Experiment & Read the Room

Research suggests that a “moderately” assertive style tends to be most effective.

But this isn’t the case for everyone. Depending on who you are, your position in a social environment, and the people around you will dictate the amount of resistance and social pressure you face.

There’s not one definitive level of assertiveness that will guarantee your views and values are respected.

According to Andy Molinsky Ph.D, you’ll need to experiment with the level and harshness of assertiveness you use, depending on who you are addressing and where. Try and read the room, learn to adjust your body language and script depending on the circumstances.

Aim to strike a balance between having your values and needs respected, and doing so in a way that is interpreted by the recipient as peaceful and non-confrontational.

In the words of Molinsky:

“The more you can customize and personalize your own style of assertiveness, the more successful and authentic you’ll feel.”

The Takeaway

Each of us has our own unique lives to lead. We have values, desires, and interests which shape the decisions we want to make. Sadly, these often come into conflict with the collective interests of the social groups we find ourselves in.

When that happens, it’s natural to want to avoid confrontation and give into social pressures. But doing so could be at the expense of our own self-interests.

When your values and beliefs oppose the status-quo, you should utilize constructive assertiveness to make your opinions heard and respected:

  1. Embrace the “why?” Properly internalize your reasons for opposing the majority — and use that to fuel your motivation when facing scrutiny and resistance.
  2. Recognize that living the life you want doesn't require you to sacrifice your friendships. Rather than acting with aggression, respect others' standpoints, and acknowledge that people with differing values can live in harmony provided they respect one another.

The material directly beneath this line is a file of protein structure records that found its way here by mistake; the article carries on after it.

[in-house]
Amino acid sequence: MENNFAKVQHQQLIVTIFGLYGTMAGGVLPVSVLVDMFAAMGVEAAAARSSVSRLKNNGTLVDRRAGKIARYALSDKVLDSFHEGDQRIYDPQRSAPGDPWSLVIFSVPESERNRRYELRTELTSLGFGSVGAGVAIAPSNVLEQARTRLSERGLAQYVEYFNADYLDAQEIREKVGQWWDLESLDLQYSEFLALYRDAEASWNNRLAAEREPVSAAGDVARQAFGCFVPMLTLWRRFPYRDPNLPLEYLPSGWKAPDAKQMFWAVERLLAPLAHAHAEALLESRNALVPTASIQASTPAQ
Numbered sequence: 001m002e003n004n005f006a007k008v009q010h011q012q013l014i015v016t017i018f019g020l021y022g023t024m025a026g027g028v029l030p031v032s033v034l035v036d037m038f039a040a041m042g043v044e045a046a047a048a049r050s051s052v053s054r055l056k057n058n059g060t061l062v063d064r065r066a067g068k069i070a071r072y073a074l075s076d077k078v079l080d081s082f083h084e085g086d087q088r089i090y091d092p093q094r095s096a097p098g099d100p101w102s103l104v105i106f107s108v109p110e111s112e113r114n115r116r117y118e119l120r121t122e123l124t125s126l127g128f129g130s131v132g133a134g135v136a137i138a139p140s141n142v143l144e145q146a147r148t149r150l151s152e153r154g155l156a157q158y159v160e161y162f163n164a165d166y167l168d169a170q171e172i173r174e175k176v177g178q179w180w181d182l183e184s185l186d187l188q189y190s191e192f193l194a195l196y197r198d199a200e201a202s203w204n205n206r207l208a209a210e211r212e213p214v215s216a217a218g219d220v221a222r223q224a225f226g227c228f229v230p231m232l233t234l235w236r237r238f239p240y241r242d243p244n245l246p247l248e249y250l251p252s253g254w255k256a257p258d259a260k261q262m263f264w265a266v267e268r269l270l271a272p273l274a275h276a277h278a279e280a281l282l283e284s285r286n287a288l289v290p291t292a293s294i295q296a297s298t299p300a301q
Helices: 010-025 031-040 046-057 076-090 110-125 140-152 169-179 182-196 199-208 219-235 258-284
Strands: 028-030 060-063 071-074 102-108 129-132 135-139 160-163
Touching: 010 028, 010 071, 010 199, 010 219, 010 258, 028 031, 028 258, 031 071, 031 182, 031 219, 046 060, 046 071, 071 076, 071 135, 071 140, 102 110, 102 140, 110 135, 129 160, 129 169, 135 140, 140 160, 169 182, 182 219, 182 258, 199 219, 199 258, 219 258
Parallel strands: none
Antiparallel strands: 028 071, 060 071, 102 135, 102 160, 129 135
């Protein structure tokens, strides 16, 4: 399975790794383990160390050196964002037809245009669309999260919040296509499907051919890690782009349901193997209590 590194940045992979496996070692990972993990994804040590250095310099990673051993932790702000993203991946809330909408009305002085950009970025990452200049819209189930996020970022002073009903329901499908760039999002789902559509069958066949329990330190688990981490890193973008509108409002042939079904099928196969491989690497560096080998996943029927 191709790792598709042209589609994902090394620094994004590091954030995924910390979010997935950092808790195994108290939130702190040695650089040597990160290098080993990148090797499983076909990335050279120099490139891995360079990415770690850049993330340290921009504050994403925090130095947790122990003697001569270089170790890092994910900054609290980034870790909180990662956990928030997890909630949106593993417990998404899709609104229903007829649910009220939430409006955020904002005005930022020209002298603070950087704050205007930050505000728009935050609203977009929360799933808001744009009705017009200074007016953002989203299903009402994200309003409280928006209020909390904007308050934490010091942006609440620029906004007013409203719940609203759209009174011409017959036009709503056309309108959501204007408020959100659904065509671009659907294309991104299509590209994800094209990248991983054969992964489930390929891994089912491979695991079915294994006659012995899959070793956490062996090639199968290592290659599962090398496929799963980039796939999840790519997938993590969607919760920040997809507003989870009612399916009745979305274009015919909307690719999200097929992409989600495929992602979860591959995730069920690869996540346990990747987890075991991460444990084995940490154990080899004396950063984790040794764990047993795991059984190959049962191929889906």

3. Experiment & Read the Room. Learn to adapt the level of your assertiveness depending on who you are addressing, and where. Strike that balance between having your values respected, but do so in a peaceful and non-confrontational way.

In following these steps and adopting constructive assertiveness, you are allowing yourself the room to freely navigate and be your true and authentic self.

Better yet, rather than following the behaviors, attitudes and actions of the status quo, by self-reflecting, you are consciously taking steps to better yourself; instead of blindly following and committing to actions that contradict your beliefs.

Just remember to let your values guide your journey. After all:

“When you are fulfilling the meaning of your life, your steps are assertive, but when you are after power or pleasure, you become aggressive.” ― Roumen Bezergianov

I write about Self-Improvement, Life Lessons, Philosophy, Psychology & Business — to help you reach your full potential. To stay in touch, and to receive free and exclusive content, sign up to my mailing list.

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Asking questions, seeking answers. I write articles that help you better understand the Universe. Durham University.